Contemporary historiography shows a renewed interest in phenomena of transfer, circulation, diffusion, flux and exchange among different spheres. Notions such as internationalization, globalization and others are used to describe these phenomena. Placing these concepts in their historical and theoretical frameworks, the aim of this Conference is to examine the processes that they designate in the field of education. What is diffused, exchanged, transferred? Are these movements linear, circular or deferred? Transcending national borders, how do actors, networks and institutions mediate educational knowledge and practice? In what social and historical conditions do these mediations take place? What are the constraints and the forces –economic, political, cultural, geographic– that structure these exchanges? Who are the principal beneficiaries of the processes of internationalization? What dynamics of emancipation, exclusion, resistance are produced during global exchanges?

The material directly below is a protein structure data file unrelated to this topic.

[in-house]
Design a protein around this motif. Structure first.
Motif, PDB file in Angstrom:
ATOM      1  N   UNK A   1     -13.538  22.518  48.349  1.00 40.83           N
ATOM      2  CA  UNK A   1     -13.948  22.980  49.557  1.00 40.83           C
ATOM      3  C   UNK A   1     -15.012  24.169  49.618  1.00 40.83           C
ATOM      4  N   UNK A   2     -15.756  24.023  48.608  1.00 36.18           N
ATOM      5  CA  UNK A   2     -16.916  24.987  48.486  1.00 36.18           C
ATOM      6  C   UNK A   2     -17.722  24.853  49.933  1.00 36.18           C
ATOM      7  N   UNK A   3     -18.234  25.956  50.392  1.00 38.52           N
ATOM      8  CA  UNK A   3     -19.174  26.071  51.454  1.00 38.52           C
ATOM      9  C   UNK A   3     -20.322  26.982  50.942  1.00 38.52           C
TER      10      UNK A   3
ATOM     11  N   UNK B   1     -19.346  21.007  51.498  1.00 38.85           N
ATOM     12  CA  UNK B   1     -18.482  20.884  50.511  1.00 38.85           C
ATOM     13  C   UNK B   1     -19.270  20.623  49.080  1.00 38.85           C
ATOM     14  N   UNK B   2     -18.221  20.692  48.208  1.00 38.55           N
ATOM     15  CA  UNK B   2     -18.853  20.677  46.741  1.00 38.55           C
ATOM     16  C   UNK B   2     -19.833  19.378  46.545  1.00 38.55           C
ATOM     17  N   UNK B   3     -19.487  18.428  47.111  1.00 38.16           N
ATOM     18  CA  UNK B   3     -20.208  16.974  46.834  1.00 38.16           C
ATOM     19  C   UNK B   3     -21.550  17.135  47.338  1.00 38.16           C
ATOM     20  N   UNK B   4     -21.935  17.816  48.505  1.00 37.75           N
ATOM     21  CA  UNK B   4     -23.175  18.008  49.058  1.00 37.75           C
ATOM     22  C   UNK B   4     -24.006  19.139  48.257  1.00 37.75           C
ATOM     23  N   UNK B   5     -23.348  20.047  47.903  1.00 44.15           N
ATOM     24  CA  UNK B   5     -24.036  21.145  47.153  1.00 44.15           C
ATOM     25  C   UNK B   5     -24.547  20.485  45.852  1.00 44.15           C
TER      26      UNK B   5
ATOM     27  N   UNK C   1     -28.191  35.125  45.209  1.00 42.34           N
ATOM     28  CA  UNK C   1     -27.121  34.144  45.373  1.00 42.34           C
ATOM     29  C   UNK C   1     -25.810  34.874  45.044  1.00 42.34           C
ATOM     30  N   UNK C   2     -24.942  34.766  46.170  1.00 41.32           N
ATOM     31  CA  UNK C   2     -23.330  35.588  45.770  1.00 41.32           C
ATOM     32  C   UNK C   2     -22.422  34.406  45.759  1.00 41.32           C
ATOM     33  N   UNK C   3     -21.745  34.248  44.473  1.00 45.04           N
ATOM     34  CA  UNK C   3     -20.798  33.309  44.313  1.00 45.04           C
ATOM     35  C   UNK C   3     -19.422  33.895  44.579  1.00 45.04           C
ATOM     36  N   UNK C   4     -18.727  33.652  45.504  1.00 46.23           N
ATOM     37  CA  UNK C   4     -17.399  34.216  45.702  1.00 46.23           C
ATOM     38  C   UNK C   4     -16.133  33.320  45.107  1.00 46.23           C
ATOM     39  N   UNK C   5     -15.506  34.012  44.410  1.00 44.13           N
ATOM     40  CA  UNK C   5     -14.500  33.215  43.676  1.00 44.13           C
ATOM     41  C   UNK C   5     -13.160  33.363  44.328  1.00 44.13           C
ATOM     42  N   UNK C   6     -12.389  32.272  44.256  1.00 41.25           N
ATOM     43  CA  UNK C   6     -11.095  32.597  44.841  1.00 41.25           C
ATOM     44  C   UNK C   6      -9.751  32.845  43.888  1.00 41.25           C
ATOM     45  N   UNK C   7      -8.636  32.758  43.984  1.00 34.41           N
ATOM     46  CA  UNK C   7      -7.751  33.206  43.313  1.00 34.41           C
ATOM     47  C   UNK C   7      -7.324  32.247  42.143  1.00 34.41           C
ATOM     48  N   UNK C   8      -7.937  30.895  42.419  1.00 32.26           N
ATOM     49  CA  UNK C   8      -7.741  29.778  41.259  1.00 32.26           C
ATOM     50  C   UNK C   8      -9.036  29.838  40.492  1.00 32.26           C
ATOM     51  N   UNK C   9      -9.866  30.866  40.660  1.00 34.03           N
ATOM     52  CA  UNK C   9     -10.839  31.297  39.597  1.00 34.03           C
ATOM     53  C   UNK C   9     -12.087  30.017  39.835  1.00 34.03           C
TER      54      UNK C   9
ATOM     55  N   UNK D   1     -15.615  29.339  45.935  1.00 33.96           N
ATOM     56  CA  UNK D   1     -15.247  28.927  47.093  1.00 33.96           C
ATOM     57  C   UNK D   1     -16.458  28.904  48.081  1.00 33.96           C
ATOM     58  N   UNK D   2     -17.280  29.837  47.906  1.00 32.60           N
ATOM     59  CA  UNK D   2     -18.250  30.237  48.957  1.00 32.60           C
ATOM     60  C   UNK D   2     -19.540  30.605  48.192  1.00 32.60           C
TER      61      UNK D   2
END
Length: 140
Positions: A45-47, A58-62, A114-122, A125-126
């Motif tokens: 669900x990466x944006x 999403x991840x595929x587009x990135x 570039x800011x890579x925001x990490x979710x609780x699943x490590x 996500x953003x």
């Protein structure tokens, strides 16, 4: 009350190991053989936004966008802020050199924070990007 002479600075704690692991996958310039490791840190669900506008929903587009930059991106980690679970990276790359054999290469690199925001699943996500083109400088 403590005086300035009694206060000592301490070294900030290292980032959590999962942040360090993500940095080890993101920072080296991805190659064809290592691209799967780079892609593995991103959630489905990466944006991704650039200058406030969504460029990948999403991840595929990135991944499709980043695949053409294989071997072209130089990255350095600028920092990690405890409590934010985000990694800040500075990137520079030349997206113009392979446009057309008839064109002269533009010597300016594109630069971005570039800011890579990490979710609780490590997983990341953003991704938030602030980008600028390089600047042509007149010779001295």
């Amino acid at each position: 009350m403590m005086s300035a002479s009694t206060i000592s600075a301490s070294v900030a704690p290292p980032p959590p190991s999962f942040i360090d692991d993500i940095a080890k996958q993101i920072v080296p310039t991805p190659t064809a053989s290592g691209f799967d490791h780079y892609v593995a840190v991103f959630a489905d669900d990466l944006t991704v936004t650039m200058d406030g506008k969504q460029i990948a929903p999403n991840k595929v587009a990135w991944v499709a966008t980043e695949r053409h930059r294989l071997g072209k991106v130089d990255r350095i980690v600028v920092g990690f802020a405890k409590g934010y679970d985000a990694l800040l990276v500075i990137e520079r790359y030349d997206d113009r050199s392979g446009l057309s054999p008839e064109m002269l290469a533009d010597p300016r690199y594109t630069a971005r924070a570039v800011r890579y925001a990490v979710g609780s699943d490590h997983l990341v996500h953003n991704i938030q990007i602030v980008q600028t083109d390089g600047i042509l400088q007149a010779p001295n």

Under various forms and rhythms, these phenomena concern all levels of education, individual and collective actors, as well as spheres of extracurricular activity. They can be discerned in systems, models, theories, curricula and institutions as well as in educational practice. New dialectical relationships are developing between internationalism and nationalism, homogeneity and hybridization, universalism and particularism, openness and withdrawal, solidarity and exclusion; they involve a redefinition of educational knowledge, practice and discourse. These long-term phenomena take the form of specific configurations depending on historical and geographic contexts. An example is the way in which the Universalist project of the Enlightenment was produced, spread, received, contradicted and retranslated in different parts of the world.
Individual and Group Actors: Implications and Fields of Intervention
Modes of Internationalization: Cultural Transfers, Traveling Concepts, Multiple Knowledge Bases